The permissions issue could allow a malicious app to alter legitimate home screen icons.
The permissions issue could allow a malicious app to alter legitimate home screen icons.

Analysts discovered an Android app permissions issue, which could ultimately allow a crafty saboteur to redirect users to spurious sites using malicious apps.

In a Monday blog post, FireEye researchers detailed the problem: an inadequate security protocol affecting Android platforms 4.1 to 4.4.2, where some app permissions, categorized as “normal,” open users' data to dangerous exploits.

FireEye also found that devices using non-Android Open Source Project [ASOP] launchers, such as Nexus 7 running CyanogenMod 4.4.2, Samsung Galaxy S4 running Android 4.3, and HTC One running Android 4.4.2., were impacted by the issue.

In a proof of concept attack scenario, researchers demonstrated how a malicious app with two “normal” permissions was able to modify legitimate home screen icons on users' devices. After doing this, an intruder could orchestrate attacks targeting users' sensitive data. In the attack scenario, researchers showed how victims could be redirected to phishing websites, once they clicked modified icons.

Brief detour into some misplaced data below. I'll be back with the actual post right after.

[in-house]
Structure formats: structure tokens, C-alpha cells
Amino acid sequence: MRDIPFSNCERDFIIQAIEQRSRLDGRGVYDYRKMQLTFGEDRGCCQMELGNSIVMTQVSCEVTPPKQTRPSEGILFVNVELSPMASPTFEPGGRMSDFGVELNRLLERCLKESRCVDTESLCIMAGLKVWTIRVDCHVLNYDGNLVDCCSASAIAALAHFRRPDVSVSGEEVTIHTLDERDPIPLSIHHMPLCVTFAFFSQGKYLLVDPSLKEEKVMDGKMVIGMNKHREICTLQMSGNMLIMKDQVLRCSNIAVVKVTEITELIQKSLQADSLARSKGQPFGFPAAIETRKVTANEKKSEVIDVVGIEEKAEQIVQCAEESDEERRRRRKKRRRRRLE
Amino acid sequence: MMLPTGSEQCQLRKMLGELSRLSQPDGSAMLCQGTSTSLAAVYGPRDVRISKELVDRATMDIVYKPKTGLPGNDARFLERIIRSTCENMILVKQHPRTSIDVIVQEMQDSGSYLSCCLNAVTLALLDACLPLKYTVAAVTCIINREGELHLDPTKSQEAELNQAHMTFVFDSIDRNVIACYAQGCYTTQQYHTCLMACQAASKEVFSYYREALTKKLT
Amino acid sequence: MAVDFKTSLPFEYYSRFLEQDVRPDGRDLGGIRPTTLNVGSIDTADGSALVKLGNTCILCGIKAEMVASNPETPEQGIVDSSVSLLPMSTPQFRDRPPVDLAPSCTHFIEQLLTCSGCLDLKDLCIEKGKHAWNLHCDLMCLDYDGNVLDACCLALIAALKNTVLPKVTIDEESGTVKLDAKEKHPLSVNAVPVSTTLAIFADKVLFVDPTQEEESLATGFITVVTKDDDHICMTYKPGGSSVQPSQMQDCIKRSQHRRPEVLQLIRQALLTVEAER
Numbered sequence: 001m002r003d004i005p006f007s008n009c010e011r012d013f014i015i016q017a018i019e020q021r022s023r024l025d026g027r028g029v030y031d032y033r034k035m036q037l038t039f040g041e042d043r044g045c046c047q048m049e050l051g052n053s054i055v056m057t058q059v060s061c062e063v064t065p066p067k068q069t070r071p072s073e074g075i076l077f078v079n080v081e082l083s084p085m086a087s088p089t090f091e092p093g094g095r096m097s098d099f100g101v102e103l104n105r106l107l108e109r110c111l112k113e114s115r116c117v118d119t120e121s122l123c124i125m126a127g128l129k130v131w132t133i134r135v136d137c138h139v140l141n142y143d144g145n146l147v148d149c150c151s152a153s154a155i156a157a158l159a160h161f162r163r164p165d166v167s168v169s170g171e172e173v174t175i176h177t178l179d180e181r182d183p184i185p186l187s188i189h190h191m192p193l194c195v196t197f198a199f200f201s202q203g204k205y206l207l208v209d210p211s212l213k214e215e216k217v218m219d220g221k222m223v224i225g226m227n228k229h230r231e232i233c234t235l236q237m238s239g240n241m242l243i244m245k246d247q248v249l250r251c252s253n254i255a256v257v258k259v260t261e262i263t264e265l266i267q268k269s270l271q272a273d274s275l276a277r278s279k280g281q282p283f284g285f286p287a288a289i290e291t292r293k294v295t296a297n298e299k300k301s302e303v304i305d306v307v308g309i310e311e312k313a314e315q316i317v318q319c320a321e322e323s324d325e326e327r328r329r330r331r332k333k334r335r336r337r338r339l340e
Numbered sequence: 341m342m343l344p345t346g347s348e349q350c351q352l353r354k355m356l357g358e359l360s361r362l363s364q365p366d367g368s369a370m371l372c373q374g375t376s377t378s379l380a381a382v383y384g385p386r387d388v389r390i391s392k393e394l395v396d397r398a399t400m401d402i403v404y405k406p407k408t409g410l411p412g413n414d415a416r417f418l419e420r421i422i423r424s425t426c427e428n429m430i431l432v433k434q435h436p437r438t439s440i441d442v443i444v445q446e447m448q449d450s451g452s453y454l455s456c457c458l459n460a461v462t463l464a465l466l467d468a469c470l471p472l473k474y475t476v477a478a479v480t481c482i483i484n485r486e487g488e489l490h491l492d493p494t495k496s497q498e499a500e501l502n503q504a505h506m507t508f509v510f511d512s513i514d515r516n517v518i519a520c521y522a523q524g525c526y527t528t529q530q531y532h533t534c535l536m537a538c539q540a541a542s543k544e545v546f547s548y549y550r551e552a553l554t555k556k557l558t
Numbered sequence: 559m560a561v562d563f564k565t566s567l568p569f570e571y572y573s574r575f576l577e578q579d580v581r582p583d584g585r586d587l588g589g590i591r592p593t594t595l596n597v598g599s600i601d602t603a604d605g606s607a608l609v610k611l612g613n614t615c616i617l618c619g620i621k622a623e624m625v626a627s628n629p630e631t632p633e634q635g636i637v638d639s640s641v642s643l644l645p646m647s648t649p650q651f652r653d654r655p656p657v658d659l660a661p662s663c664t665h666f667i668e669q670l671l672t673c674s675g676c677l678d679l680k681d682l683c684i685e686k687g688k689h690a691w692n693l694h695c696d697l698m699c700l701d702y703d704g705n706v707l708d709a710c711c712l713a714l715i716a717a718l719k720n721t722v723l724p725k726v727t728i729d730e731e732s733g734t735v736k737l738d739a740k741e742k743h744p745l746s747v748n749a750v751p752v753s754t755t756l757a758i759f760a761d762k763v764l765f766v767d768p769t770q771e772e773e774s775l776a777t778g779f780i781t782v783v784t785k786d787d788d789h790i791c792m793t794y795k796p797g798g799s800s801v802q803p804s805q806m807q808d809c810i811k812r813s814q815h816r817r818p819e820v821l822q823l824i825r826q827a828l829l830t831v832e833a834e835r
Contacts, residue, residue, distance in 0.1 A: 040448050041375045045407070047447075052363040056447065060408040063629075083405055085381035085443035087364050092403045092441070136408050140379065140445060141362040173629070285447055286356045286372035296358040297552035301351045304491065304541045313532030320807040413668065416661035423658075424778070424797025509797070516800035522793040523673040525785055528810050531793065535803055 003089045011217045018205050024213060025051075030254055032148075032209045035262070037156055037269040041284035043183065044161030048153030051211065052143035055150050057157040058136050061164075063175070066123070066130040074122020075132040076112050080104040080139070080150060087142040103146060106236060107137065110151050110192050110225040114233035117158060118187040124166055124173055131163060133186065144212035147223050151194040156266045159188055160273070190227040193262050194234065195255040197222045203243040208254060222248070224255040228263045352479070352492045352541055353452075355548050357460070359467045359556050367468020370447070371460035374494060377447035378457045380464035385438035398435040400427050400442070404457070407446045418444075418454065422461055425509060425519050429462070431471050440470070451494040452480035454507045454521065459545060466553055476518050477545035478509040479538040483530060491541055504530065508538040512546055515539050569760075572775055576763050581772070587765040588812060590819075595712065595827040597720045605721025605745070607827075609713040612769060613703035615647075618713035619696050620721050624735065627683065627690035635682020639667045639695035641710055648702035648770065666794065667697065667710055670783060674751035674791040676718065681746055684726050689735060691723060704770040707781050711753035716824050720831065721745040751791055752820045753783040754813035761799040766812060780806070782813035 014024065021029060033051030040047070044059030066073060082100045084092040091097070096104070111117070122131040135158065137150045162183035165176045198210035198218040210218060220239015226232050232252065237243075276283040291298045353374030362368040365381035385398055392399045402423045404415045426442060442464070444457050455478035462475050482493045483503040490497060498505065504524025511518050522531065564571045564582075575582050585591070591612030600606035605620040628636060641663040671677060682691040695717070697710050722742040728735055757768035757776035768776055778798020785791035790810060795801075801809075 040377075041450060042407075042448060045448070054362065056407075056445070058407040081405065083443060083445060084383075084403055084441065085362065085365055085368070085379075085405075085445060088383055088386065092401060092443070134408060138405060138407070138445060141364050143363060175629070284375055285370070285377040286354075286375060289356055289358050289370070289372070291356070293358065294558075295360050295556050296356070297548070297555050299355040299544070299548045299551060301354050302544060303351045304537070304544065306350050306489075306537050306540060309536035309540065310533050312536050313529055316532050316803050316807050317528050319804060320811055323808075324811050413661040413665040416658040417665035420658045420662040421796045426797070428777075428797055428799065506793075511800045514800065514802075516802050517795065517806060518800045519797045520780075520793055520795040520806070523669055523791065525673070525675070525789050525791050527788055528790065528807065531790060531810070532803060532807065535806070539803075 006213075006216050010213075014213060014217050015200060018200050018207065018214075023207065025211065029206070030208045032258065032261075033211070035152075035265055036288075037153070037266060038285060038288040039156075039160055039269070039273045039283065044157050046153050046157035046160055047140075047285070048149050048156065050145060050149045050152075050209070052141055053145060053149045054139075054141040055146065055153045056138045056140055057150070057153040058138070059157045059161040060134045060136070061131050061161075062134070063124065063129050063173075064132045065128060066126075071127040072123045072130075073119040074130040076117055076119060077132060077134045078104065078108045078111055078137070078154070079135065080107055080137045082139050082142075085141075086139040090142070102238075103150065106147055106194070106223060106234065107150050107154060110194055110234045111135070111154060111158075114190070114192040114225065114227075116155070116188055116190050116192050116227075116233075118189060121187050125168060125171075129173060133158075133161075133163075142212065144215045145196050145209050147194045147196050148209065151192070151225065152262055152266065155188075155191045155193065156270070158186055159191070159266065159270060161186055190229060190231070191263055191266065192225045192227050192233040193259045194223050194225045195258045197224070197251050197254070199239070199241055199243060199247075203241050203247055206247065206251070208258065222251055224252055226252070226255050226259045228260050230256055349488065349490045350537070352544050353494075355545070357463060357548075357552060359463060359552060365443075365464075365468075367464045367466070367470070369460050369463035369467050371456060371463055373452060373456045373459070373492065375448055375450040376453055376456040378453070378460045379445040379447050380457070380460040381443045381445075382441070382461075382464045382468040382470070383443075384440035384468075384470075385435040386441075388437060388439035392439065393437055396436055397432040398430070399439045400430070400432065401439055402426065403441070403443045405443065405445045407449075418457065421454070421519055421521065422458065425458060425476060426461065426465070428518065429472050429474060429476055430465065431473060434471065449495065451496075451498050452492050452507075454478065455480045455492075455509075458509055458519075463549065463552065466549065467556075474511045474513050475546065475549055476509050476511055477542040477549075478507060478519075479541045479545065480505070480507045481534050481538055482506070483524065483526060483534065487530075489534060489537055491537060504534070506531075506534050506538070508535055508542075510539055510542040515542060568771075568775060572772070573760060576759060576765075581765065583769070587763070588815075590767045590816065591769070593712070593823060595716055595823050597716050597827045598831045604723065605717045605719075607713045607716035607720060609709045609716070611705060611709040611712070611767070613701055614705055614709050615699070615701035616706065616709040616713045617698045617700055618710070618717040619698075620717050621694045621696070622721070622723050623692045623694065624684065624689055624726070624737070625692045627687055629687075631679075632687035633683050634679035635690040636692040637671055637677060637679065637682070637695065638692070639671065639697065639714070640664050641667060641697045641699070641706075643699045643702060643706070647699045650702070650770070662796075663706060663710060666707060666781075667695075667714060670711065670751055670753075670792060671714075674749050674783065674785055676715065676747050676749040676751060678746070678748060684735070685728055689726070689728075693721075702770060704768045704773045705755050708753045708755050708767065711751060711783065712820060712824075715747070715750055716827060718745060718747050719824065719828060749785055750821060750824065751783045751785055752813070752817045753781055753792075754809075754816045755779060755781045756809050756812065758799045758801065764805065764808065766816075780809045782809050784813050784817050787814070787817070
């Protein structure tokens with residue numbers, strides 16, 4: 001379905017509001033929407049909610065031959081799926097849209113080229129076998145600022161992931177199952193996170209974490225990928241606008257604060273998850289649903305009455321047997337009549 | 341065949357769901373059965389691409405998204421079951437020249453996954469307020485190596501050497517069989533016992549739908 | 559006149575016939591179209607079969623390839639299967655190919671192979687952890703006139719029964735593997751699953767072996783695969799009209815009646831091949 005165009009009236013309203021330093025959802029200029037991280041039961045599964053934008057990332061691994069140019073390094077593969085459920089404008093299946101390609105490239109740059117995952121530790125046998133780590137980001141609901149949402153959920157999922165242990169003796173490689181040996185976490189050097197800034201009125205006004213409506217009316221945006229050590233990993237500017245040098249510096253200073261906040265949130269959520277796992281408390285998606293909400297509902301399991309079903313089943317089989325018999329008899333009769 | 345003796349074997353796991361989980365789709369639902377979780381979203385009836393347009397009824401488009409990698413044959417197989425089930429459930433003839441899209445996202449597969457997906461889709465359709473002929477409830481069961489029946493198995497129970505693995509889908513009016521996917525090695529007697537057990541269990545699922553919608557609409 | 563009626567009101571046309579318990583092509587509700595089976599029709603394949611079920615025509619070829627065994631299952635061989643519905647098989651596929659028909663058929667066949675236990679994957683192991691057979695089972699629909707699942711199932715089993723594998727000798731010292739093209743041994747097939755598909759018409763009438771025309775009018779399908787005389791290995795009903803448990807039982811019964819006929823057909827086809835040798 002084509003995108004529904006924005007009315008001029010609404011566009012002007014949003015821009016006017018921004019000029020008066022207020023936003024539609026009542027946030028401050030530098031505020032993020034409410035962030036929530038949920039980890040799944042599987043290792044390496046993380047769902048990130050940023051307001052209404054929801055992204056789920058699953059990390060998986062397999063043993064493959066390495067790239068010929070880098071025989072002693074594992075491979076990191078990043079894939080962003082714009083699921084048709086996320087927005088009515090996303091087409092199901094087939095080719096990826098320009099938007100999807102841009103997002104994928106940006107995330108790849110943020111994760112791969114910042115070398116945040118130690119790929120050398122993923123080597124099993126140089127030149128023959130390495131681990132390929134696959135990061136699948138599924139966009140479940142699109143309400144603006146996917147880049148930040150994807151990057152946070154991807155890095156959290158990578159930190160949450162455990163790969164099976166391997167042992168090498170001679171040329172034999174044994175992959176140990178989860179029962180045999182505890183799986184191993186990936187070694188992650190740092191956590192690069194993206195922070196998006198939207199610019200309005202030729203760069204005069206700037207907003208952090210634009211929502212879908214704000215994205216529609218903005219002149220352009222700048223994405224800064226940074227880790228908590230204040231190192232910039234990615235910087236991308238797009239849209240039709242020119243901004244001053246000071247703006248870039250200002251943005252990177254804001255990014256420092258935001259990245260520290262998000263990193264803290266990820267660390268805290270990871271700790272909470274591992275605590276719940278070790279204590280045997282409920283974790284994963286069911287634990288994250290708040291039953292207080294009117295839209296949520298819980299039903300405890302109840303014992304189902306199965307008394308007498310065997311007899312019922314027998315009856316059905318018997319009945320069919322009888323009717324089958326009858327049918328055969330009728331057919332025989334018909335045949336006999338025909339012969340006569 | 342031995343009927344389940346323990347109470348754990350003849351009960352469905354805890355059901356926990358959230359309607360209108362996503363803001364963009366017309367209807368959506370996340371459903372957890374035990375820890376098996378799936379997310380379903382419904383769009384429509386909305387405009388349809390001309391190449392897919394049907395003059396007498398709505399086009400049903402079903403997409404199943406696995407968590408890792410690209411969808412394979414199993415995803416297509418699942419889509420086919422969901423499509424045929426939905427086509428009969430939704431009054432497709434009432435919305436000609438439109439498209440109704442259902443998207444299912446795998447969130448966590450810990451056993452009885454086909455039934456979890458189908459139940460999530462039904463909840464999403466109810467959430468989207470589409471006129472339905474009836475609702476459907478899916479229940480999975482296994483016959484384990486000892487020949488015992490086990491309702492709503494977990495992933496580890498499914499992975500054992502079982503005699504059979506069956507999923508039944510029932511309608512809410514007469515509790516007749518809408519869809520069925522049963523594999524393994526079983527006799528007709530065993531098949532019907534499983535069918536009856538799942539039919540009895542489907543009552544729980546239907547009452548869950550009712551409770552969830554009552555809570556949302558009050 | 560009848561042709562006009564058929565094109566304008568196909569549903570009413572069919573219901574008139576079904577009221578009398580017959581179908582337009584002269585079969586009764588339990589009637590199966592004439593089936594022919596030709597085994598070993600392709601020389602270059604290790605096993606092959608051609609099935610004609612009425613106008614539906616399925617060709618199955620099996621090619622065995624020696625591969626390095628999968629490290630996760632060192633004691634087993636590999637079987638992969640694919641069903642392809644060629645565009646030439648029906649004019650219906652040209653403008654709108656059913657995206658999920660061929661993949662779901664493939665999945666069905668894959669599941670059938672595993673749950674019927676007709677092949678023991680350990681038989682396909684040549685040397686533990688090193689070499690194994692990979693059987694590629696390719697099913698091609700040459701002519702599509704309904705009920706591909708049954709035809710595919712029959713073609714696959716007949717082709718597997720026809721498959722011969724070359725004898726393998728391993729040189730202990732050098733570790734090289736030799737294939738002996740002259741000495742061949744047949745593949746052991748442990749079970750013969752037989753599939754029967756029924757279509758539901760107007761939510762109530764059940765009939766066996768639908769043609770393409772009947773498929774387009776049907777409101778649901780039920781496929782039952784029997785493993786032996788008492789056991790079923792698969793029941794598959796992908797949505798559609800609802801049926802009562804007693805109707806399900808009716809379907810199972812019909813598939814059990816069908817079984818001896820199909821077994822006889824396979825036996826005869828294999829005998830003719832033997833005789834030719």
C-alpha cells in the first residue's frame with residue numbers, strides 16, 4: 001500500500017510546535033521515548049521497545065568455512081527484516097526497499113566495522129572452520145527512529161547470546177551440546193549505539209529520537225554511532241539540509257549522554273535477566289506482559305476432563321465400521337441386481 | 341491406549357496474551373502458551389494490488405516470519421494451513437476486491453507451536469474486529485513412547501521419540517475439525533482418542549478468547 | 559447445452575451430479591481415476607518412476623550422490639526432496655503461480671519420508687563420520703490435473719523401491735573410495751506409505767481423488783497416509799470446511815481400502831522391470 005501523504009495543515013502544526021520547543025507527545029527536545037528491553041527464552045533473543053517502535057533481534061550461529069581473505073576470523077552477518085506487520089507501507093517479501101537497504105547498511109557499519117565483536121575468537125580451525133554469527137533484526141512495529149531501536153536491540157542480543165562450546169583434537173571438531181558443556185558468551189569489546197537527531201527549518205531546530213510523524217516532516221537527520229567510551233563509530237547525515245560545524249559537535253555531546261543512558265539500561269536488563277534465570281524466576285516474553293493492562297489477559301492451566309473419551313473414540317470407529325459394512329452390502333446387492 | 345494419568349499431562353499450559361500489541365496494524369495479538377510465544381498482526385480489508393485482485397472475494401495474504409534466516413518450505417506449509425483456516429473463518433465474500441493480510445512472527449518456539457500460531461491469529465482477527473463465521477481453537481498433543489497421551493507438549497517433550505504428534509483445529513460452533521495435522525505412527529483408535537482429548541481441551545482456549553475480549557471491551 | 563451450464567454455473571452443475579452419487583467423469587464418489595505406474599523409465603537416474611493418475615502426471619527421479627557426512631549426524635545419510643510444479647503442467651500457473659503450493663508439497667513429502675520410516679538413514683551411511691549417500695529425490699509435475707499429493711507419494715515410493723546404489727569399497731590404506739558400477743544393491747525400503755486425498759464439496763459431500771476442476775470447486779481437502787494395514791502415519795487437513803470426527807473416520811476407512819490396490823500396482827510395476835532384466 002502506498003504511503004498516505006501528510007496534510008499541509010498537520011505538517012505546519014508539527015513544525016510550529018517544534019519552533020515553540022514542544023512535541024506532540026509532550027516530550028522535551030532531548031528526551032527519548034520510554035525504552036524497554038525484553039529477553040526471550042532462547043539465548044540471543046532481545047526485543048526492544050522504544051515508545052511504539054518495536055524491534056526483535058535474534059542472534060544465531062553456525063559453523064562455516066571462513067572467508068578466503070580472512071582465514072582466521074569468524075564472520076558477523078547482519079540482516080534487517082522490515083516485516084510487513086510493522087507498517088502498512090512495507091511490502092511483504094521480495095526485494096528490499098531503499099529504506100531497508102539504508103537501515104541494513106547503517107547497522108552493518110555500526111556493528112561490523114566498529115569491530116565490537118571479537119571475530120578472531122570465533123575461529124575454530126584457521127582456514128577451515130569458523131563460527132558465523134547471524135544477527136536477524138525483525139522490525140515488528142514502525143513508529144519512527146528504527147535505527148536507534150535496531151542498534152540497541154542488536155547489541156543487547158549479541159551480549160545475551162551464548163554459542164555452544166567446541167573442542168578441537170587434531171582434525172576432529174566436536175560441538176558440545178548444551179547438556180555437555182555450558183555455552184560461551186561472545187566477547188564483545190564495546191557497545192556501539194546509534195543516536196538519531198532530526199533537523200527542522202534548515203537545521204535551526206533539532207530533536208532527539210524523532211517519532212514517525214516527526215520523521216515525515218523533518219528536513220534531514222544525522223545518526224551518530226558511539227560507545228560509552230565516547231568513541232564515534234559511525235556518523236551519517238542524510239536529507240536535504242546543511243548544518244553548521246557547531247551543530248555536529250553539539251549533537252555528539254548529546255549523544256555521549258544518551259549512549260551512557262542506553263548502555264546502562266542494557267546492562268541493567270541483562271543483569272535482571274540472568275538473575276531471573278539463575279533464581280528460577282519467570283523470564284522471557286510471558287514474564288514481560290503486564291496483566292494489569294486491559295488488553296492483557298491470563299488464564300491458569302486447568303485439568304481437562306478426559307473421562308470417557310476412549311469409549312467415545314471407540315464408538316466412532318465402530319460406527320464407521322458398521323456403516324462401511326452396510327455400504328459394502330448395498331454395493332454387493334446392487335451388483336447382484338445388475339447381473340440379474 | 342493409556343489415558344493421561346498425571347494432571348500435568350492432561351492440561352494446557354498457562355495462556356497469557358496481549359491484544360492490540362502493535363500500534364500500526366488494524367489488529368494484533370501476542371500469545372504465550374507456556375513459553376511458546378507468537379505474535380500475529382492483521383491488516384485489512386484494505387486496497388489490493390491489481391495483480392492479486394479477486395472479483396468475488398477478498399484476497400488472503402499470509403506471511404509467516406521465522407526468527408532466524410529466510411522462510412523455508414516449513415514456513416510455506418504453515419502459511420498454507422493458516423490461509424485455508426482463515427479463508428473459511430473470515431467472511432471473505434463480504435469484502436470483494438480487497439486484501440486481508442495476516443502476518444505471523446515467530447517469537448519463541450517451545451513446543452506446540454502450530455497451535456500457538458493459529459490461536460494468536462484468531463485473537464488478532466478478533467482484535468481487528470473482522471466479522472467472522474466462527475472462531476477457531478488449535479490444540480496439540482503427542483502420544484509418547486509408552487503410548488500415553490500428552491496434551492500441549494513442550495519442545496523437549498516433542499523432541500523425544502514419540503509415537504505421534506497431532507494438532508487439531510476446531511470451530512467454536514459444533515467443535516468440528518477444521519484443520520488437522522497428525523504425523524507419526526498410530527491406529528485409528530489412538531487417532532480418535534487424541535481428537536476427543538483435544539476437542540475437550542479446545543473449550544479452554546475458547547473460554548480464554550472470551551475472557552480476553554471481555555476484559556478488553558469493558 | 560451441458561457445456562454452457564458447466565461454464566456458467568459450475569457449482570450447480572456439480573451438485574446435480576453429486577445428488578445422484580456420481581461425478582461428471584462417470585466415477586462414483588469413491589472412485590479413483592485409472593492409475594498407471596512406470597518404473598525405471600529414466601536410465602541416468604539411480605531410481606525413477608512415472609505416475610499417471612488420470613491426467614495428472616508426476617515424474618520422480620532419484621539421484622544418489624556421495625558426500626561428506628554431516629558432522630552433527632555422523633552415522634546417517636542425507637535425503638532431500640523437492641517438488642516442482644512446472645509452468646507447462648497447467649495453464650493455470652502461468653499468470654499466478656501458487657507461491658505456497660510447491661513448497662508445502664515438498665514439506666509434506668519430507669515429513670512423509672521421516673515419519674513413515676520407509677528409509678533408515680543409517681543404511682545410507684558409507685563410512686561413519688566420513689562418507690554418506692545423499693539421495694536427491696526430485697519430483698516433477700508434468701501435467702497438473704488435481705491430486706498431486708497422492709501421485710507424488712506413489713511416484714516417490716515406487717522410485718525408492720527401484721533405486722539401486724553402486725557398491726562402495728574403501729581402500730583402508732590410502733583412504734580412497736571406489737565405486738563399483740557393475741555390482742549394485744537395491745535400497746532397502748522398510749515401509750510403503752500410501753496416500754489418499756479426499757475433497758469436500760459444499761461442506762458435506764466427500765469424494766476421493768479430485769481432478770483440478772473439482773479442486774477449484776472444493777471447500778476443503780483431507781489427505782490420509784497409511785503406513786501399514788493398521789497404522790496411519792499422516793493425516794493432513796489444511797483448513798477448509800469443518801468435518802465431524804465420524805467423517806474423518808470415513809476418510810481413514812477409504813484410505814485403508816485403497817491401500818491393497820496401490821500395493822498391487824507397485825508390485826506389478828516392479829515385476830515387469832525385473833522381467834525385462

FireEye explained that ASOP uses an app permissions classification process, which will alert users to apps requesting “dangerous” permissions, by requiring their confirmation before users install the app. In contrast, apps asking for “normal” permissions can be downloaded without the added step.

 “…An attacker can still manipulate Android home screen icons using two normal permissions: com.android.launcher.permission.READ_SETTINGS and com.android.launcher.permission.WRITE_SETTINGS,” the blog post said. “These two permissions enable an app to query, insert, delete, or modify the whole configuration settings of the Launcher, including the icon insertion or modification. Unfortunately, these two permissions have been labeled as ‘normal' since Android 1.x.”

In a Monday email to SCMagazine.com, Hui Xue, a senior engineer at FireEye who co-authored the blog post, said that the company notified Google of the issue last October.

In response, Google replied in February that it had released a patch for its original equipment manufacturers (OEMs) remediating the issue.

Despite the patch's availability, many users still await a fix from their vendors, Xue added.

“Vendors do need to incorporate the patches,” Xue said. “Before updates from vendors, users have to take extra caution when using icons.”

FireEye said that it has not seen any evidence of attempted exploits leveraging the vulnerability.